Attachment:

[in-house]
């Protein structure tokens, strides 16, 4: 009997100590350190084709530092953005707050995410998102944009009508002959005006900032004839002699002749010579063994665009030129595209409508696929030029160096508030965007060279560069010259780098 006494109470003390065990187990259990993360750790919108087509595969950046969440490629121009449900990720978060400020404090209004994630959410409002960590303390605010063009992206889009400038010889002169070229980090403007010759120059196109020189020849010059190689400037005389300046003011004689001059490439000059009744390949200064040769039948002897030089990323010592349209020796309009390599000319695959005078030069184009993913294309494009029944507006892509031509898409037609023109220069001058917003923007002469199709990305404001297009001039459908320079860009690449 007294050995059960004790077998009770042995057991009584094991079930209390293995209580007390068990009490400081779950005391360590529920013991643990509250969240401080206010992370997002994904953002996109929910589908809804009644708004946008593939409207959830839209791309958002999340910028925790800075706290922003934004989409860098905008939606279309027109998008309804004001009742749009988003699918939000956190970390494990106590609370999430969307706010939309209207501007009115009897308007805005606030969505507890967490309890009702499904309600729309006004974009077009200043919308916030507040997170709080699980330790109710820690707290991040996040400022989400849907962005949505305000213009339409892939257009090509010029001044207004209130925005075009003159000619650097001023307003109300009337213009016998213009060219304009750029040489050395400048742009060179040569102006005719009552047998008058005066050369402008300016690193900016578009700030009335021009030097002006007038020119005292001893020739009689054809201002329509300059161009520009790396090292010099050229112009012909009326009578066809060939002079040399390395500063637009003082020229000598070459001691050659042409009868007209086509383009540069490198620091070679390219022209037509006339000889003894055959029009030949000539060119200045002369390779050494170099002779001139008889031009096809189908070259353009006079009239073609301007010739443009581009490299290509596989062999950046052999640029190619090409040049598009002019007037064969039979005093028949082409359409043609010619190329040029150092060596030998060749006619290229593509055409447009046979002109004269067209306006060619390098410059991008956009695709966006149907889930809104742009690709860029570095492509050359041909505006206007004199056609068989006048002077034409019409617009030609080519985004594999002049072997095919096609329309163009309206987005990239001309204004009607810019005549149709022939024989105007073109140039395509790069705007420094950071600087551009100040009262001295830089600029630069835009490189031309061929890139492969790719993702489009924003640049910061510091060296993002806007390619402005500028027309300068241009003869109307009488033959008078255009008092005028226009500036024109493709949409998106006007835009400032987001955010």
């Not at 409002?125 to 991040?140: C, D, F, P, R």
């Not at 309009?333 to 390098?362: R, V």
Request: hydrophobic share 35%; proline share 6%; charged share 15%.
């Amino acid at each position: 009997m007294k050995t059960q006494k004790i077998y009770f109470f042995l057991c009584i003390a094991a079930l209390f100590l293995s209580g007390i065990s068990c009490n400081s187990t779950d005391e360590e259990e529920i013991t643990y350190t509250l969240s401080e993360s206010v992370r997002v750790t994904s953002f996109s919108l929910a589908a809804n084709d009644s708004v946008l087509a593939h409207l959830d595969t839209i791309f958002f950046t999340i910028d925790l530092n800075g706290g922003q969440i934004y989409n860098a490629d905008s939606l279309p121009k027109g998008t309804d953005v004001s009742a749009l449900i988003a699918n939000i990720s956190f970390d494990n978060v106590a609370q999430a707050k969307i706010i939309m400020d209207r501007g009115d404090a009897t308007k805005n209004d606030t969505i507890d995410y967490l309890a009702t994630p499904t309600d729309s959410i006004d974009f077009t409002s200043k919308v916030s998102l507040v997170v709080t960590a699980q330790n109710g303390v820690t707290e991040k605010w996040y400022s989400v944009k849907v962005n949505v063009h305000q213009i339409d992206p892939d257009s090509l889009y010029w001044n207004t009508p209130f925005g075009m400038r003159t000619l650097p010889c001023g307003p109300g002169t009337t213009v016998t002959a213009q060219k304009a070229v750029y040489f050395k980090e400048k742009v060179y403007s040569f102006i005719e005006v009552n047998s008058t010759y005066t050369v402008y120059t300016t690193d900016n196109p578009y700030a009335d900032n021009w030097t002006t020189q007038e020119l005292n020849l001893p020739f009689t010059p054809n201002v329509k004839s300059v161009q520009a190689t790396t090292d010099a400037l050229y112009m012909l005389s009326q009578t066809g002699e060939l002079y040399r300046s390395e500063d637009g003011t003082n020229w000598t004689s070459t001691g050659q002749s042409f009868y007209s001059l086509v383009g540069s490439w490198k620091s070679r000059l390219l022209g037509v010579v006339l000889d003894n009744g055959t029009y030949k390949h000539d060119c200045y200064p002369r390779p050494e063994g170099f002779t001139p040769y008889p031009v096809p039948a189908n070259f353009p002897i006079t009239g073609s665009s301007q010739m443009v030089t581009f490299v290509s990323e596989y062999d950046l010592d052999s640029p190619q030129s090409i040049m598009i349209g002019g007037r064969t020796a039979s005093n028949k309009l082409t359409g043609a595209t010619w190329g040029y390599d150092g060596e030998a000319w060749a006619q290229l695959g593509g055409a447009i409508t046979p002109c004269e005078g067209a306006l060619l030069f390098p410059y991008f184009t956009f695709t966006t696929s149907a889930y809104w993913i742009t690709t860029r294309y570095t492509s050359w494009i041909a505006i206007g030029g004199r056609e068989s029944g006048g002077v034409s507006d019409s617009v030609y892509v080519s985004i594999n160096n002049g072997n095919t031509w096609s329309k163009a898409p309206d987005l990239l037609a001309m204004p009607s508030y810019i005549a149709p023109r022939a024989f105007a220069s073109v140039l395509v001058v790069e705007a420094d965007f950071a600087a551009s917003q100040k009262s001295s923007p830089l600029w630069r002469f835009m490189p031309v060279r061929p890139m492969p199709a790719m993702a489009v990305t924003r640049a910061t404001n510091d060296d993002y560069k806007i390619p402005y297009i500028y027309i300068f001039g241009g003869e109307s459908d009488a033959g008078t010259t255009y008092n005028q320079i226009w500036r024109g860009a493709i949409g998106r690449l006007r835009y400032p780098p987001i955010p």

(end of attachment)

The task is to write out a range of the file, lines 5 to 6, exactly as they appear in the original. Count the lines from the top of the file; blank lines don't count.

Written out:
Request: hydrophobic share 35%; proline share 6%; charged share 15%.
């Amino acid at each position: 009997m007294k050995t059960q006494k004790i077998y009770f109470f042995l057991c009584i003390a094991a079930l209390f100590l293995s209580g007390i065990s068990c009490n400081s187990t779950d005391e360590e259990e529920i013991t643990y350190t509250l969240s401080e993360s206010v992370r997002v750790t994904s953002f996109s919108l929910a589908a809804n084709d009644s708004v946008l087509a593939h409207l959830d595969t839209i791309f958002f950046t999340i910028d925790l530092n800075g706290g922003q969440i934004y989409n860098a490629d905008s939606l279309p121009k027109g998008t309804d953005v004001s009742a749009l449900i988003a699918n939000i990720s956190f970390d494990n978060v106590a609370q999430a707050k969307i706010i939309m400020d209207r501007g009115d404090a009897t308007k805005n209004d606030t969505i507890d995410y967490l309890a009702t994630p499904t309600d729309s959410i006004d974009f077009t409002s200043k919308v916030s998102l507040v997170v709080t960590a699980q330790n109710g303390v820690t707290e991040k605010w996040y400022s989400v944009k849907v962005n949505v063009h305000q213009i339409d992206p892939d257009s090509l889009y010029w001044n207004t009508p209130f925005g075009m400038r003159t000619l650097p010889c001023g307003p109300g002169t009337t213009v016998t002959a213009q060219k304009a070229v750029y040489f050395k980090e400048k742009v060179y403007s040569f102006i005719e005006v009552n047998s008058t010759y005066t050369v402008y120059t300016t690193d900016n196109p578009y700030a009335d900032n021009w030097t002006t020189q007038e020119l005292n020849l001893p020739f009689t010059p054809n201002v329509k004839s300059v161009q520009a190689t790396t090292d010099a400037l050229y112009m012909l005389s009326q009578t066809g002699e060939l002079y040399r300046s390395e500063d637009g003011t003082n020229w000598t004689s070459t001691g050659q002749s042409f009868y007209s001059l086509v383009g540069s490439w490198k620091s070679r000059l390219l022209g037509v010579v006339l000889d003894n009744g055959t029009y030949k390949h000539d060119c200045y200064p002369r390779p050494e063994g170099f002779t001139p040769y008889p031009v096809p039948a189908n070259f353009p002897i006079t009239g073609s665009s301007q010739m443009v030089t581009f490299v290509s990323e596989y062999d950046l010592d052999s640029p190619q030129s090409i040049m598009i349209g002019g007037r064969t020796a039979s005093n028949k309009l082409t359409g043609a595209t010619w190329g040029y390599d150092g060596e030998a000319w060749a006619q290229l695959g593509g055409a447009i409508t046979p002109c004269e005078g067209a306006l060619l030069f390098p410059y991008f184009t956009f695709t966006t696929s149907a889930y809104w993913i742009t690709t860029r294309y570095t492509s050359w494009i041909a505006i206007g030029g004199r056609e068989s029944g006048g002077v034409s507006d019409s617009v030609y892509v080519s985004i594999n160096n002049g072997n095919t031509w096609s329309k163009a898409p309206d987005l990239l037609a001309m204004p009607s508030y810019i005549a149709p023109r022939a024989f105007a220069s073109v140039l395509v001058v790069e705007a420094d965007f950071a600087a551009s917003q100040k009262s001295s923007p830089l600029w630069r002469f835009m490189p031309v060279r061929p890139m492969p199709a790719m993702a489009v990305t924003r640049a910061t404001n510091d060296d993002y560069k806007i390619p402005y297009i500028y027309i300068f001039g241009g003869e109307s459908d009488a033959g008078t010259t255009y008092n005028q320079i226009w500036r024109g860009a493709i949409g998106r690449l006007r835009y400032p780098p987001i955010p």